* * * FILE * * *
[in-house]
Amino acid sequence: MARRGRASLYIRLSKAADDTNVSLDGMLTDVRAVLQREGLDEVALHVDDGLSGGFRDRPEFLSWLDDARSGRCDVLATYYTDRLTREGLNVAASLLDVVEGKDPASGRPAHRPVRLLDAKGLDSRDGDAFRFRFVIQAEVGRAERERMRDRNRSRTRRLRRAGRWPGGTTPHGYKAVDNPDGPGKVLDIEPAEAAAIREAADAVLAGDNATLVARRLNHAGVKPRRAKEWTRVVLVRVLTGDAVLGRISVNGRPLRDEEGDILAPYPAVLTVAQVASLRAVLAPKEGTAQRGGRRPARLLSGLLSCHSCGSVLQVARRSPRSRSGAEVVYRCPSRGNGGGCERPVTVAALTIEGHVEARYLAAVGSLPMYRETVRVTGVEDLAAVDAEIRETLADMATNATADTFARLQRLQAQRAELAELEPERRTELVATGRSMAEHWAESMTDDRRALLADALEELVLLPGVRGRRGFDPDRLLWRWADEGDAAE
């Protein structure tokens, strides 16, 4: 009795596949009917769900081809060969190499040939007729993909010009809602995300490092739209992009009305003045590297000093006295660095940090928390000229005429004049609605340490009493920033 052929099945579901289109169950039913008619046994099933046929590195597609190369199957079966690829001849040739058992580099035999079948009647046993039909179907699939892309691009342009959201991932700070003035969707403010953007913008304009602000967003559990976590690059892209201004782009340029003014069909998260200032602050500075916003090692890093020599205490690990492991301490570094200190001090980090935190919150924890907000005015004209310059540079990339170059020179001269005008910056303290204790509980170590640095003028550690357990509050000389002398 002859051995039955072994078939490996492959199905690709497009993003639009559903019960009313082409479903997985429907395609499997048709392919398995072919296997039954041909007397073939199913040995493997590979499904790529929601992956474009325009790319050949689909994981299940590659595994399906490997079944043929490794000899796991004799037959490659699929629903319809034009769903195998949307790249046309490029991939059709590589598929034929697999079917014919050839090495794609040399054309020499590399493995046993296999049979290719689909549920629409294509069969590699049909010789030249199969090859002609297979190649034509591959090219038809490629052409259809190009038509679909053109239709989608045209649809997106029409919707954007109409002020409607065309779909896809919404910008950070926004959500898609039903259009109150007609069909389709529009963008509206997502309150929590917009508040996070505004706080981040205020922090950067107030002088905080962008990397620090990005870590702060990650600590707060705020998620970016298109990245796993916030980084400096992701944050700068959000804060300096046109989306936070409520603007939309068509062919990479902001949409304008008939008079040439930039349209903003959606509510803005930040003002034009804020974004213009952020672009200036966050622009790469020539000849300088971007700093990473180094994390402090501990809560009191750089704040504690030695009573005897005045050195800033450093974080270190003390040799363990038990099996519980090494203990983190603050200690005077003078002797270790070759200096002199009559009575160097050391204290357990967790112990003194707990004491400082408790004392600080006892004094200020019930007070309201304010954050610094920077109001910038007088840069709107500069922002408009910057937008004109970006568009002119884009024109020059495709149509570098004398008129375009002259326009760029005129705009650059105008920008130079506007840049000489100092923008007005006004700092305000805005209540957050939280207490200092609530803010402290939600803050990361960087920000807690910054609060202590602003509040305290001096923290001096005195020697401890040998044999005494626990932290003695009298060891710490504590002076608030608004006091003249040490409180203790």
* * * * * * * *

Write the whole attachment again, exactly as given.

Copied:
[in-house]
Amino acid sequence: MARRGRASLYIRLSKAADDTNVSLDGMLTDVRAVLQREGLDEVALHVDDGLSGGFRDRPEFLSWLDDARSGRCDVLATYYTDRLTREGLNVAASLLDVVEGKDPASGRPAHRPVRLLDAKGLDSRDGDAFRFRFVIQAEVGRAERERMRDRNRSRTRRLRRAGRWPGGTTPHGYKAVDNPDGPGKVLDIEPAEAAAIREAADAVLAGDNATLVARRLNHAGVKPRRAKEWTRVVLVRVLTGDAVLGRISVNGRPLRDEEGDILAPYPAVLTVAQVASLRAVLAPKEGTAQRGGRRPARLLSGLLSCHSCGSVLQVARRSPRSRSGAEVVYRCPSRGNGGGCERPVTVAALTIEGHVEARYLAAVGSLPMYRETVRVTGVEDLAAVDAEIRETLADMATNATADTFARLQRLQAQRAELAELEPERRTELVATGRSMAEHWAESMTDDRRALLADALEELVLLPGVRGRRGFDPDRLLWRWADEGDAAE
């Protein structure tokens, strides 16, 4: 009795596949009917769900081809060969190499040939007729993909010009809602995300490092739209992009009305003045590297000093006295660095940090928390000229005429004049609605340490009493920033 052929099945579901289109169950039913008619046994099933046929590195597609190369199957079966690829001849040739058992580099035999079948009647046993039909179907699939892309691009342009959201991932700070003035969707403010953007913008304009602000967003559990976590690059892209201004782009340029003014069909998260200032602050500075916003090692890093020599205490690990492991301490570094200190001090980090935190919150924890907000005015004209310059540079990339170059020179001269005008910056303290204790509980170590640095003028550690357990509050000389002398 002859051995039955072994078939490996492959199905690709497009993003639009559903019960009313082409479903997985429907395609499997048709392919398995072919296997039954041909007397073939199913040995493997590979499904790529929601992956474009325009790319050949689909994981299940590659595994399906490997079944043929490794000899796991004799037959490659699929629903319809034009769903195998949307790249046309490029991939059709590589598929034929697999079917014919050839090495794609040399054309020499590399493995046993296999049979290719689909549920629409294509069969590699049909010789030249199969090859002609297979190649034509591959090219038809490629052409259809190009038509679909053109239709989608045209649809997106029409919707954007109409002020409607065309779909896809919404910008950070926004959500898609039903259009109150007609069909389709529009963008509206997502309150929590917009508040996070505004706080981040205020922090950067107030002088905080962008990397620090990005870590702060990650600590707060705020998620970016298109990245796993916030980084400096992701944050700068959000804060300096046109989306936070409520603007939309068509062919990479902001949409304008008939008079040439930039349209903003959606509510803005930040003002034009804020974004213009952020672009200036966050622009790469020539000849300088971007700093990473180094994390402090501990809560009191750089704040504690030695009573005897005045050195800033450093974080270190003390040799363990038990099996519980090494203990983190603050200690005077003078002797270790070759200096002199009559009575160097050391204290357990967790112990003194707990004491400082408790004392600080006892004094200020019930007070309201304010954050610094920077109001910038007088840069709107500069922002408009910057937008004109970006568009002119884009024109020059495709149509570098004398008129375009002259326009760029005129705009650059105008920008130079506007840049000489100092923008007005006004700092305000805005209540957050939280207490200092609530803010402290939600803050990361960087920000807690910054609060202590602003509040305290001096923290001096005195020697401890040998044999005494626990932290003695009298060891710490504590002076608030608004006091003249040490409180203790």